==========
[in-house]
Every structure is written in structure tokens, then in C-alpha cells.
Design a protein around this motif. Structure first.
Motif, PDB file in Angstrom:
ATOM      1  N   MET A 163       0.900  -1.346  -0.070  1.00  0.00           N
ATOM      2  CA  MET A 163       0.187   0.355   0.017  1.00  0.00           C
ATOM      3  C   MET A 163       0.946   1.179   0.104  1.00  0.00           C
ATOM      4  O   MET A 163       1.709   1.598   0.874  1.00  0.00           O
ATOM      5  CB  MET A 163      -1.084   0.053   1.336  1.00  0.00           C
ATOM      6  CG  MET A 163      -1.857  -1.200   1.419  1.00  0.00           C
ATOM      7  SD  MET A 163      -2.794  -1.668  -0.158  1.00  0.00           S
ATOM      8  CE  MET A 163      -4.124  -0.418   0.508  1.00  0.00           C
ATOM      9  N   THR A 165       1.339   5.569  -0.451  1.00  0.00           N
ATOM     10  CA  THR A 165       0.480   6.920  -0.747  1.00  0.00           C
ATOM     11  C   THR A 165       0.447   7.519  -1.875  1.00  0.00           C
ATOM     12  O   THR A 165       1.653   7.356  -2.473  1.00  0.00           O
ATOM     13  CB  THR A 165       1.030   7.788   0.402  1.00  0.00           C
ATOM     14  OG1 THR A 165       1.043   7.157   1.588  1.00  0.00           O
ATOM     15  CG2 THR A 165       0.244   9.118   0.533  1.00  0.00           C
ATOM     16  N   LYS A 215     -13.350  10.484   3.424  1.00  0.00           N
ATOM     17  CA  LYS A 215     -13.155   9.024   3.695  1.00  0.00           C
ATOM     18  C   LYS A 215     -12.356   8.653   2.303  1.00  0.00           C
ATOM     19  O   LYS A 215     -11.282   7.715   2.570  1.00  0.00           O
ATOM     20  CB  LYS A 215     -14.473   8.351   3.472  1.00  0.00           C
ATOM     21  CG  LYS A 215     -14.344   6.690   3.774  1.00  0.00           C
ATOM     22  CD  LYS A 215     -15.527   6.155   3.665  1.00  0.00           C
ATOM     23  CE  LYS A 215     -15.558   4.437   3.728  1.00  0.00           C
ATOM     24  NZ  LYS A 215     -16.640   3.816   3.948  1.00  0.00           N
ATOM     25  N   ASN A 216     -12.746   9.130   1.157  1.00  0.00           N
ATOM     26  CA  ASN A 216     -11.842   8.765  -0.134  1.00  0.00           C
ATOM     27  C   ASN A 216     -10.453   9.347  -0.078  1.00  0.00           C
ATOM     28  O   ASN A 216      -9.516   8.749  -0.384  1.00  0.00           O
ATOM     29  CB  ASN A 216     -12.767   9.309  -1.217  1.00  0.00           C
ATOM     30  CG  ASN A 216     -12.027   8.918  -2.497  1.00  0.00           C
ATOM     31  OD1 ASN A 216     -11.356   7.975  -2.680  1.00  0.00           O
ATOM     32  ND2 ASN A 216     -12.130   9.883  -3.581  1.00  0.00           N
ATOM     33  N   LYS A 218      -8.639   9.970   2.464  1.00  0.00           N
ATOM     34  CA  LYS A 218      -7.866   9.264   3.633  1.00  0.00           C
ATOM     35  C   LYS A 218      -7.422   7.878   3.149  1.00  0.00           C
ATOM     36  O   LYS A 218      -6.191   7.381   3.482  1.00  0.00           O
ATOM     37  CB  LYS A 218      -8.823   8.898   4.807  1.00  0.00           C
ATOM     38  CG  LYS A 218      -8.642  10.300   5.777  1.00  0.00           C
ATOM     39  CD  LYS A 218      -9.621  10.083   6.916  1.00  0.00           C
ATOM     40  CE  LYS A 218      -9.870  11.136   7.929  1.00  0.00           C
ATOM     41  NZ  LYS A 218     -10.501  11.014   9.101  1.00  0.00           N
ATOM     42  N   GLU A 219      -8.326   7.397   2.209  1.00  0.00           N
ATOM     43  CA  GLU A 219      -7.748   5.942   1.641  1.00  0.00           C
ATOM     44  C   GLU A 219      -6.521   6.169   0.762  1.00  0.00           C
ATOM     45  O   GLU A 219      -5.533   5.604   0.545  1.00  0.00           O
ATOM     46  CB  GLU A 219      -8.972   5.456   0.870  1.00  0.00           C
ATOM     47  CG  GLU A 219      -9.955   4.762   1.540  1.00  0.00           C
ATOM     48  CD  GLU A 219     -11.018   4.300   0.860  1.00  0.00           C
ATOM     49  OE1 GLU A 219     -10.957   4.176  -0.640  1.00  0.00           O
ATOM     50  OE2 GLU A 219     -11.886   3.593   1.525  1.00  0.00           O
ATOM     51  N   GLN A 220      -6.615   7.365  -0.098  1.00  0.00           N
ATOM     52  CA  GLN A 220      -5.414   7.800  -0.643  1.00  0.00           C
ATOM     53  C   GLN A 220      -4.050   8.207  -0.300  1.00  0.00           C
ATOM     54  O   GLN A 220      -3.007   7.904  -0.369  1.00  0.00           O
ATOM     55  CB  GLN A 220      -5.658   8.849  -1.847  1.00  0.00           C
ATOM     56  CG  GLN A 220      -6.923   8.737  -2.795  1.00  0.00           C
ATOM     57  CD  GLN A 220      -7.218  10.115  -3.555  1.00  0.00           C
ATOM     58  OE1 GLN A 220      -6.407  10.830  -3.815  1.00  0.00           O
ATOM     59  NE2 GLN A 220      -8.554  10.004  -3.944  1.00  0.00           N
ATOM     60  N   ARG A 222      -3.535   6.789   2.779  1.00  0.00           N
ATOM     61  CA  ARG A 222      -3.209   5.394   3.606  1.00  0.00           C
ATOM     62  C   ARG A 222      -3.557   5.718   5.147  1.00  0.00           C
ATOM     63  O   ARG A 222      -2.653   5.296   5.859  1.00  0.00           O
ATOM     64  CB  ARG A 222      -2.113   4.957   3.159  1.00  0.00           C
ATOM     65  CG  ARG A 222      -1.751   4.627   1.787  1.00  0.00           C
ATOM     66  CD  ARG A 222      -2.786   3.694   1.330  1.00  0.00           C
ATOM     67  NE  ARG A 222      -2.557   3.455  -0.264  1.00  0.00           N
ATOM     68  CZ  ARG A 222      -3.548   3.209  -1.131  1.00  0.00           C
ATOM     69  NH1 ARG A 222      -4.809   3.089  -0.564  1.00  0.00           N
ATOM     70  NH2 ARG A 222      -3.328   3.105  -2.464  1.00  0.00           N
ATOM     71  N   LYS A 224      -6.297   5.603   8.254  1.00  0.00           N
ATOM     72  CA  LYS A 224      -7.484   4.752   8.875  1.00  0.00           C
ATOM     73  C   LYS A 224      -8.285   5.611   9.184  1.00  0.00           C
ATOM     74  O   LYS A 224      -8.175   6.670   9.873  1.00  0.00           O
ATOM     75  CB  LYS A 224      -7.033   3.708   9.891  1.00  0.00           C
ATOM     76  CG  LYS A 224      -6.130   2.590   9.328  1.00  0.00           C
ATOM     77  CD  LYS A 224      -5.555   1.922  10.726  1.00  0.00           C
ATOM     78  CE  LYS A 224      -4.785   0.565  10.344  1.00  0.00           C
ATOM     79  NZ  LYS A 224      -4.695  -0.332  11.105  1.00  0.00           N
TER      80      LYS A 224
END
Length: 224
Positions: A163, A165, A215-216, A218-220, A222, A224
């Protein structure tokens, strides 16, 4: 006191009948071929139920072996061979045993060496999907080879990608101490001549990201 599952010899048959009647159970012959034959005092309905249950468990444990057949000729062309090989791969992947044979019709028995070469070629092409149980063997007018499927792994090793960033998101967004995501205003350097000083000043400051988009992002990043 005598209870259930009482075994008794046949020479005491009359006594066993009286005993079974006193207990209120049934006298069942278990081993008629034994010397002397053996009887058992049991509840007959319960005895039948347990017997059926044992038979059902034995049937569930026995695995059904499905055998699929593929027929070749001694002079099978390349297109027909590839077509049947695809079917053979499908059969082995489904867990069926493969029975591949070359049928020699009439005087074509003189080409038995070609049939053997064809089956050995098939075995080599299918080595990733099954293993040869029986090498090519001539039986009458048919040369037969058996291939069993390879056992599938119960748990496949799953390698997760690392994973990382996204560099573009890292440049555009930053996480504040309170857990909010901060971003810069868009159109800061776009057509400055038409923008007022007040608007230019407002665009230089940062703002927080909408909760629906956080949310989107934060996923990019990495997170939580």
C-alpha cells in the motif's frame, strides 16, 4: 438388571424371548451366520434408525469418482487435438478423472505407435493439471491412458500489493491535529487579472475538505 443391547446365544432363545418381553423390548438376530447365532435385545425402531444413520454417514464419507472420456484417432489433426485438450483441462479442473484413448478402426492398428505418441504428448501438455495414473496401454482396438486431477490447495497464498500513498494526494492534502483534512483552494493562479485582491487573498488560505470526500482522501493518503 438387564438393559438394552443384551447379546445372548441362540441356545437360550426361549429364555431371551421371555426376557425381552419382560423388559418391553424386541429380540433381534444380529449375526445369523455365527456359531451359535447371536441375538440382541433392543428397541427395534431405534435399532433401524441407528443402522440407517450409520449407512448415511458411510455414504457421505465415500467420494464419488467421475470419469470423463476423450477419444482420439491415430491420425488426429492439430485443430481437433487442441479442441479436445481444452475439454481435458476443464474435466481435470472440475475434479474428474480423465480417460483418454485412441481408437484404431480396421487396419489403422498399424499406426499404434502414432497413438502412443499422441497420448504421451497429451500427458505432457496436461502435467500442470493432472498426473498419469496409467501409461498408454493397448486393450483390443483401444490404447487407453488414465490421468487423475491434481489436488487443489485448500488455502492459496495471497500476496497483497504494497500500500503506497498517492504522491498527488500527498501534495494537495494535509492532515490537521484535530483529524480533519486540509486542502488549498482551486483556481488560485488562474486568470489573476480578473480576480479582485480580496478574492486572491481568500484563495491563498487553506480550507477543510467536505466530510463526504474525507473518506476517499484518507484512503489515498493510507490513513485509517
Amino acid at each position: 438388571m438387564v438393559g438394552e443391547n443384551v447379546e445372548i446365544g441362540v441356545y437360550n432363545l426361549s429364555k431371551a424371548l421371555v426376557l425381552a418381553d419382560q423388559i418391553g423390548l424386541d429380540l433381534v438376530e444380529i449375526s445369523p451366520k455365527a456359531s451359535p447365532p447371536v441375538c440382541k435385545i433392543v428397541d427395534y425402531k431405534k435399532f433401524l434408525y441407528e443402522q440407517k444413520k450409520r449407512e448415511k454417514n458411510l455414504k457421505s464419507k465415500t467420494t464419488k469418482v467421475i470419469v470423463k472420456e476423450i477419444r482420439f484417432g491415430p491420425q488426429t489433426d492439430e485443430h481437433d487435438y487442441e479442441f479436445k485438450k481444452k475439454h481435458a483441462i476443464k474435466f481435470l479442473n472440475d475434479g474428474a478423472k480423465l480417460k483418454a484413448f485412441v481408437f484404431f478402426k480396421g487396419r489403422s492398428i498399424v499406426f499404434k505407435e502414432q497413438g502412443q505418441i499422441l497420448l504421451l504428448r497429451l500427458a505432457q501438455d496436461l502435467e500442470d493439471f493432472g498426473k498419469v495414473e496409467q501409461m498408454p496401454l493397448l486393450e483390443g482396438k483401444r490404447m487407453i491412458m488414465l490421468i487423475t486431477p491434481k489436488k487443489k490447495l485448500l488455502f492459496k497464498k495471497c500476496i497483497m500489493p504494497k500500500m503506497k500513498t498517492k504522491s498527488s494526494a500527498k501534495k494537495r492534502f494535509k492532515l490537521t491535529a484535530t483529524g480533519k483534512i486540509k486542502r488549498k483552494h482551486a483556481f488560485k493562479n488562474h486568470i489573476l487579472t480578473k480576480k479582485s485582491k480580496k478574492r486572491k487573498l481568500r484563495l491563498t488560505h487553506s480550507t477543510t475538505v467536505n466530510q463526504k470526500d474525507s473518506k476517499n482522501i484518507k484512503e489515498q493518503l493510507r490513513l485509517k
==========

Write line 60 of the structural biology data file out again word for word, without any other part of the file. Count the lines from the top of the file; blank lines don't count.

ATOM     56  CG  GLN A 220      -6.923   8.737  -2.795  1.00  0.00           C